Both bills passed both houses with only token opposition. Both were signed into law by Gov. Bentley.

Standridge said he personally would prefer Blount County stay dry, but his job required him to take a longer view of the consequences for the people of his district and beyond. He said he became aware that if the corrective bills failed, another county-wide wet/dry election would result and that it would likely produce a wet outcome.

“Everyone needs to understand this important fact,” he said.“Counties have very little authority to regulate alcohol or alcohol establishments. Towns and cities do have authority to regulate them. Towns in Blount that have held elections have already set up strict regulations. Also, the county receives about $400,000 a year for being dry, and would lose those funds if the whole county went wet, which would be detrimental to the county budget.”

He indicated those reasons, plus receiving a resolution from the Blount County Commission asking him to support corrective legislation, were important considerations.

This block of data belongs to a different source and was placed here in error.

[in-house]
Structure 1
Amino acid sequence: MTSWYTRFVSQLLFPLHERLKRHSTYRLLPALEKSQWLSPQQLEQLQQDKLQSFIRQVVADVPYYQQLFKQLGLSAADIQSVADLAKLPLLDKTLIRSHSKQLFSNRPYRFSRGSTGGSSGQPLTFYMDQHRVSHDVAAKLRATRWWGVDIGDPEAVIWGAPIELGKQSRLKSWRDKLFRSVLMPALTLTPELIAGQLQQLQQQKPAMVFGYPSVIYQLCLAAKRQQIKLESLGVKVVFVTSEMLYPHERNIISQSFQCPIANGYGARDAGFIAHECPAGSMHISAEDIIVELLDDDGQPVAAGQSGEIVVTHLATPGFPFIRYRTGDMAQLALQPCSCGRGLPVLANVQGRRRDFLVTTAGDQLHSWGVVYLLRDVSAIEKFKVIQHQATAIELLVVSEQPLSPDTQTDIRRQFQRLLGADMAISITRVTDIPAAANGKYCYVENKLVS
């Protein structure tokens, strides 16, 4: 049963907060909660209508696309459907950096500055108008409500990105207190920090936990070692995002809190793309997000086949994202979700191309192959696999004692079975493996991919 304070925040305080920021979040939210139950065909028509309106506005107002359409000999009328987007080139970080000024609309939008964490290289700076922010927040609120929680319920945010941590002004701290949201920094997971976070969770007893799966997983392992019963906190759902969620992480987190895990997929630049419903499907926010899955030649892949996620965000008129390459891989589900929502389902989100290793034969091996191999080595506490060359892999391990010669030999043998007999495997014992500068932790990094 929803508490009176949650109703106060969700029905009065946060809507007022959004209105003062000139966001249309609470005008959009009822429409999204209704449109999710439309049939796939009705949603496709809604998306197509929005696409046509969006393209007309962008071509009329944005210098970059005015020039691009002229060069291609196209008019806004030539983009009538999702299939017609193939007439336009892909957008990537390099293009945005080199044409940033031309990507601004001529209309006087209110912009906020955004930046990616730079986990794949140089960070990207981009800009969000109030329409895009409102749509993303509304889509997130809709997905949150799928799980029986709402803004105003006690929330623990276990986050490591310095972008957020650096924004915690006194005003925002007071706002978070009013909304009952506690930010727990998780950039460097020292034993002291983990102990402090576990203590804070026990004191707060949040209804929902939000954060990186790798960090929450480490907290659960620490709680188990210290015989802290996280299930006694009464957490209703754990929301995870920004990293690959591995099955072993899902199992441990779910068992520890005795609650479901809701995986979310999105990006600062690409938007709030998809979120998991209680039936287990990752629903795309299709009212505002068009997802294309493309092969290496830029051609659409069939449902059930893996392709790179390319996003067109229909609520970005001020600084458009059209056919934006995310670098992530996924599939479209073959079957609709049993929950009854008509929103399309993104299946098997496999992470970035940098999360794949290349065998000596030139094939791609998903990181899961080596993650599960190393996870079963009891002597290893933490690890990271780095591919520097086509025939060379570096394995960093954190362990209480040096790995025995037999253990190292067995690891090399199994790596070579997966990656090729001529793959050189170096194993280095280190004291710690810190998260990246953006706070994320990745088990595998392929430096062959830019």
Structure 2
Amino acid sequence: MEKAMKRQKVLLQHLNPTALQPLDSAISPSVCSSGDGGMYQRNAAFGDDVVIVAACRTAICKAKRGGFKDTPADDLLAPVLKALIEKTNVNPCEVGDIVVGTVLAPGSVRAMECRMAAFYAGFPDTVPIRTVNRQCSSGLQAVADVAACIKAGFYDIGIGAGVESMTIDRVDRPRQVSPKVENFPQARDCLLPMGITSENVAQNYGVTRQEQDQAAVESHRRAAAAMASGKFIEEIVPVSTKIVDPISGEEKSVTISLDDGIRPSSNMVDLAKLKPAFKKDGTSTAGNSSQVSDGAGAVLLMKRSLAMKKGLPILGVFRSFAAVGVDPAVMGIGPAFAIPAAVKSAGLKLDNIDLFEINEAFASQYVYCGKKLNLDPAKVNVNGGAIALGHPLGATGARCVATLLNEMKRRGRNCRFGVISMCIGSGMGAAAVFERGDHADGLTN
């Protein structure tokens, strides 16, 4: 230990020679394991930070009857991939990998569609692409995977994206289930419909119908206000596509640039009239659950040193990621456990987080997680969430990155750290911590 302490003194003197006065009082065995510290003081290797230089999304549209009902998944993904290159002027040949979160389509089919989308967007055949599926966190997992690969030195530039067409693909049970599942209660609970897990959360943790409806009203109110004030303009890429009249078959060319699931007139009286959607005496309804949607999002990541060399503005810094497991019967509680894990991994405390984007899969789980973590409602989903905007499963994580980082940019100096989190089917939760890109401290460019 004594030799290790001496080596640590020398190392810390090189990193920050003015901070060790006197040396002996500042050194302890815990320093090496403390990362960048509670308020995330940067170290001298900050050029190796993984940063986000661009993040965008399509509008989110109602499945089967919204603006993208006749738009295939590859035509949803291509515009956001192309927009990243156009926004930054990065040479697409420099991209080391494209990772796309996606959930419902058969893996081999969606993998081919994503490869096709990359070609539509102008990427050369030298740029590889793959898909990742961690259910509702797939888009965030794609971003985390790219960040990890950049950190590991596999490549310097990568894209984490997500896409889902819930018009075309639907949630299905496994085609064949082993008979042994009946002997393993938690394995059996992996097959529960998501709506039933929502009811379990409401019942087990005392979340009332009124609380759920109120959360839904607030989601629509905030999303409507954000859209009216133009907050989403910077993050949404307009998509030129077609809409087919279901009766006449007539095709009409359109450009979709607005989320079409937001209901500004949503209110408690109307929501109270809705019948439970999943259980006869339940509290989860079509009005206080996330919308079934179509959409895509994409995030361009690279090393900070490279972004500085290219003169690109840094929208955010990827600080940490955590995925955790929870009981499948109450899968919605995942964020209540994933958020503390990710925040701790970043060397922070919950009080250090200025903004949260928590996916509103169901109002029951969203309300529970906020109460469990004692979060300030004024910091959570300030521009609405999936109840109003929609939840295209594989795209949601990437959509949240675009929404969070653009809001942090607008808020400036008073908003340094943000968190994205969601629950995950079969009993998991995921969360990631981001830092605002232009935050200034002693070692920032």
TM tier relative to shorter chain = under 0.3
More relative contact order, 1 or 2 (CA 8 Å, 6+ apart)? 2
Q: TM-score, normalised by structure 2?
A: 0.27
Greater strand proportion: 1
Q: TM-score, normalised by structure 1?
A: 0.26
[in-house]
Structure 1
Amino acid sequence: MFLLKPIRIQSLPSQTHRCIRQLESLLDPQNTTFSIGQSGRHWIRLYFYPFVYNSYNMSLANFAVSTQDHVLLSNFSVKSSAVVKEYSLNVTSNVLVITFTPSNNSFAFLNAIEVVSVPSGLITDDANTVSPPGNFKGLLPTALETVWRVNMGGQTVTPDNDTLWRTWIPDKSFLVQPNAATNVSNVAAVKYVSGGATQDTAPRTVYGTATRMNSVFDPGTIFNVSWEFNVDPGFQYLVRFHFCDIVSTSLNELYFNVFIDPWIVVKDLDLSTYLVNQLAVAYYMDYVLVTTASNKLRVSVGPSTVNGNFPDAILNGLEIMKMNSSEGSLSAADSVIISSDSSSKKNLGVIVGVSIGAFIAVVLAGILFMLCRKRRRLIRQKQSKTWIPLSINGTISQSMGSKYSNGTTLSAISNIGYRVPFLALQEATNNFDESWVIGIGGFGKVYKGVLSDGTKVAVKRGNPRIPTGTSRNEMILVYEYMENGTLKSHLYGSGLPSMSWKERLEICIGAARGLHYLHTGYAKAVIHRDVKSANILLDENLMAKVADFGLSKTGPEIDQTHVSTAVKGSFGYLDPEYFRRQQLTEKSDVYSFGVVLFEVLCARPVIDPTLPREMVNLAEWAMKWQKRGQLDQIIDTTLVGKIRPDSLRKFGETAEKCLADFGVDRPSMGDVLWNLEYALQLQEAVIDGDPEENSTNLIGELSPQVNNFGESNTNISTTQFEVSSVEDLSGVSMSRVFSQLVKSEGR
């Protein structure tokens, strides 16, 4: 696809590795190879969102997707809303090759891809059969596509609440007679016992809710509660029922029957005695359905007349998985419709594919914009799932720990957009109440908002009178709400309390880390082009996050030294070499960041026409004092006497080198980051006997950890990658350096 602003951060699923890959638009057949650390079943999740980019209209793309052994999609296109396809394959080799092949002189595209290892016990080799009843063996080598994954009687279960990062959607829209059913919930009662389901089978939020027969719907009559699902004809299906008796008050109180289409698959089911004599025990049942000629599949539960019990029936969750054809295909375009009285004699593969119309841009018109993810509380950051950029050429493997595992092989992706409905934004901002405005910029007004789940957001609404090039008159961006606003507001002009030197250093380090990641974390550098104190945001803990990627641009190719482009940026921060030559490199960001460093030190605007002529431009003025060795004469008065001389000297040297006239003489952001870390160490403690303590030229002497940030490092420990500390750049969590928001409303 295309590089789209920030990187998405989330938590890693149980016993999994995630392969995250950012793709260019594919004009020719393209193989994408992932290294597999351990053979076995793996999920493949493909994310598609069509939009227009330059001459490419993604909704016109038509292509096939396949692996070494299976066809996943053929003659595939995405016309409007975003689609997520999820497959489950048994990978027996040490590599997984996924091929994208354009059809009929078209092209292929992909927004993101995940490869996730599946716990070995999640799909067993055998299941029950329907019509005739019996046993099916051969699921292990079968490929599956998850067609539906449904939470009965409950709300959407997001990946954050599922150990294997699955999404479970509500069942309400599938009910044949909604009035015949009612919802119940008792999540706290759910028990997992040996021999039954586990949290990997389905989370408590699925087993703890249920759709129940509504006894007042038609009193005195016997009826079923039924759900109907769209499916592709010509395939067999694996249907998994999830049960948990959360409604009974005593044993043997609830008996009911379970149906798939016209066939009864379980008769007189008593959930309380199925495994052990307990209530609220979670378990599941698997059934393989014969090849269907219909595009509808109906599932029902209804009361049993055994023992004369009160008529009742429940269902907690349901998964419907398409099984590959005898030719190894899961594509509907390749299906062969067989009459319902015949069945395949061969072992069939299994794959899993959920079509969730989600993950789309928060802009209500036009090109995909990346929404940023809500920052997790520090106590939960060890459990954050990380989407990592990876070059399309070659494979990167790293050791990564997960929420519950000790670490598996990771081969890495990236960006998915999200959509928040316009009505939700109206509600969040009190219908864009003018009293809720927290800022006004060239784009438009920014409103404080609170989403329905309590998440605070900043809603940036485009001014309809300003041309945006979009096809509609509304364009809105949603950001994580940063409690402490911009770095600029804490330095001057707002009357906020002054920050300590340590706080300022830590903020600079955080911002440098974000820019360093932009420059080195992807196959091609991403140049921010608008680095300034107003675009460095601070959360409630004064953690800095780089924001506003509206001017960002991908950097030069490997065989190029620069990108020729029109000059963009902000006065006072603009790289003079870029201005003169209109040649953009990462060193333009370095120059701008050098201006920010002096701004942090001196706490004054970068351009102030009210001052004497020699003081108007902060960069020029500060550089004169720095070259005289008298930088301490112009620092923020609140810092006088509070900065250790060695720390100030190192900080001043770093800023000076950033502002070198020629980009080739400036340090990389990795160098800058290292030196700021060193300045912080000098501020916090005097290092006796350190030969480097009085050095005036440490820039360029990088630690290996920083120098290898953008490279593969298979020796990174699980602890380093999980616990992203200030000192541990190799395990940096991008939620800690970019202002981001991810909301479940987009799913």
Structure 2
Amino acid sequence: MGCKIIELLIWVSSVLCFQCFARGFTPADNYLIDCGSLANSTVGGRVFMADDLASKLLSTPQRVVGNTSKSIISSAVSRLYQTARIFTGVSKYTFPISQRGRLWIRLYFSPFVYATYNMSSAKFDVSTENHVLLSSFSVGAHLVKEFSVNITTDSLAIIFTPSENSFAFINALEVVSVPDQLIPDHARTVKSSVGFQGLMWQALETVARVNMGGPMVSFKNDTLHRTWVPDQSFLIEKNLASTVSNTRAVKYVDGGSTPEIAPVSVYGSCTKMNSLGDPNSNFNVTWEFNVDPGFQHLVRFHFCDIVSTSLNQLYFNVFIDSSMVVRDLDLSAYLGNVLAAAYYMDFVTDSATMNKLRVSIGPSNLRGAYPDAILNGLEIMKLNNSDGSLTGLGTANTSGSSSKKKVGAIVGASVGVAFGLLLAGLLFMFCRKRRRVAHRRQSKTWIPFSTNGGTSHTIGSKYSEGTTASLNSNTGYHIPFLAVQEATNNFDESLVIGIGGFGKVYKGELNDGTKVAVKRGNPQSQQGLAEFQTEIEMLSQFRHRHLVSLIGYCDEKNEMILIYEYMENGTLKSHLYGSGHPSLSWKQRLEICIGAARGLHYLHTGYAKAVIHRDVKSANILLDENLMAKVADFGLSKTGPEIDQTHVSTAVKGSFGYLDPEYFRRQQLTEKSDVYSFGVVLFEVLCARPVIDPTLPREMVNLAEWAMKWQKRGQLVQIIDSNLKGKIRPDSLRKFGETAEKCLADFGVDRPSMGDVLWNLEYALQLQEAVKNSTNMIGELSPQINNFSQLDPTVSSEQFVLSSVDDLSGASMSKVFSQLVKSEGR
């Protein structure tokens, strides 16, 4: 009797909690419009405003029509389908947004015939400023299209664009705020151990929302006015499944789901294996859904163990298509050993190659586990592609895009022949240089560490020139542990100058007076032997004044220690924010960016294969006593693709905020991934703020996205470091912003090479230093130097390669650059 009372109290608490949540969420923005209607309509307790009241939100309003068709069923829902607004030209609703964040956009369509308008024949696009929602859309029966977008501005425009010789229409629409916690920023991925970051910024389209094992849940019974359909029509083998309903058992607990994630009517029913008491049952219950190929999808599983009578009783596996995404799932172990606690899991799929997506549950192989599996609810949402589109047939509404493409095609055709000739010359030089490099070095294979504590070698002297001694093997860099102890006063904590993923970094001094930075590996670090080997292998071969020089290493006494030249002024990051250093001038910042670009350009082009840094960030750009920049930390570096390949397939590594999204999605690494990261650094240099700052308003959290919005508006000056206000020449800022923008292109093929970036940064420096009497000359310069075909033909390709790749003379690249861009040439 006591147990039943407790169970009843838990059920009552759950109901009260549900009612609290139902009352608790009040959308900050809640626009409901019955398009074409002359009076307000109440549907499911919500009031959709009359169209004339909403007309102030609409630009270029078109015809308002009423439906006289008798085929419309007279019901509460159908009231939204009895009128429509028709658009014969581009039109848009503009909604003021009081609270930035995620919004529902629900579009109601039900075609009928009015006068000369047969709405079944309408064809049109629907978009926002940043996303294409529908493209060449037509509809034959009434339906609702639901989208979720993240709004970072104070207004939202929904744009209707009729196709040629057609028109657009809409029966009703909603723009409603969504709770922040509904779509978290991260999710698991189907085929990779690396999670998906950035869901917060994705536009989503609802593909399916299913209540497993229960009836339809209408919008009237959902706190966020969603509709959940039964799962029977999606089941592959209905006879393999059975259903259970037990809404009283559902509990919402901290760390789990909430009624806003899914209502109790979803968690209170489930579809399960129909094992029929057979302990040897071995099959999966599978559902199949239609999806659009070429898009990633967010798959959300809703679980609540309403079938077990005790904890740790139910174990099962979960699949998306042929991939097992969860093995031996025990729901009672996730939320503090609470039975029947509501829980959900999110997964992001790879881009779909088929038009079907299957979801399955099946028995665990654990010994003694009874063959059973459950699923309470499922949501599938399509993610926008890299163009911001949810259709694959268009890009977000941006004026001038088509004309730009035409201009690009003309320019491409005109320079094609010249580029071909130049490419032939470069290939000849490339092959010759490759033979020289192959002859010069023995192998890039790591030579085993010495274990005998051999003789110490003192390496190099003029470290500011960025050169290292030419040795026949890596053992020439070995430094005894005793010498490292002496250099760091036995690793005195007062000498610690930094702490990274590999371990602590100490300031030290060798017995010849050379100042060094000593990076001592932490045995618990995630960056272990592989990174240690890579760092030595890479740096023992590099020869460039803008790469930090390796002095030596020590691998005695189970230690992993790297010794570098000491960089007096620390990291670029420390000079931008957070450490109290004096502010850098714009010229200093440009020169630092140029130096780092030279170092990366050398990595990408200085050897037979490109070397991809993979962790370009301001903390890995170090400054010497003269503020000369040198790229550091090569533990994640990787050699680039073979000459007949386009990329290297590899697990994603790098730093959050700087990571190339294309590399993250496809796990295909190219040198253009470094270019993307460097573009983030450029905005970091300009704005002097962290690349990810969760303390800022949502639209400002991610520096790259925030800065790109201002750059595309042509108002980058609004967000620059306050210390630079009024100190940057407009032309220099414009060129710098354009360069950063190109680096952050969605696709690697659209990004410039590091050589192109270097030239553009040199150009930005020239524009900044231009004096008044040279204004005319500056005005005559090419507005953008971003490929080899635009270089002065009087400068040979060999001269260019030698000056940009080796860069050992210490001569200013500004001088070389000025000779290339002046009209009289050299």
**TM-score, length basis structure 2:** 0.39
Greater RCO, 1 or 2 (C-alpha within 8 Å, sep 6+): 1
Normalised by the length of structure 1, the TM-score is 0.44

Outside: high-stakes derring-do

Meanwhile, Oneonta city manager Ed Lowe had a different – and possibly even more intense – view of the process, since his town has a revenue stake in the outcome.

“After the Supreme Court ruling in February, we heard from practically all the towns affected within a day or two,” Lowe said.“ We called a meeting with the League of Municipalities, and many of them attended.”

Lowe said the group of some 40 to 50 municipalities’ representatives, along with lobbyists representing various trade groups – Walmart, restaurant associations, the grocers’ association, convenience stores, and others – adjourned to the statehouse to begin contacting legislators to explain their point of view. He said members of the Blount County legislative delegation were especially helpful in arranging meetings with individual members and with House and Senate leaders.

“Everyone in the delegation voted for us and were helpful in shepherding this through, but three legislators went way out of their way to help us: Connie Rowe and Shay Shelnutt of our delegation, and Cory Harbison of Cullman County,” Lowe said.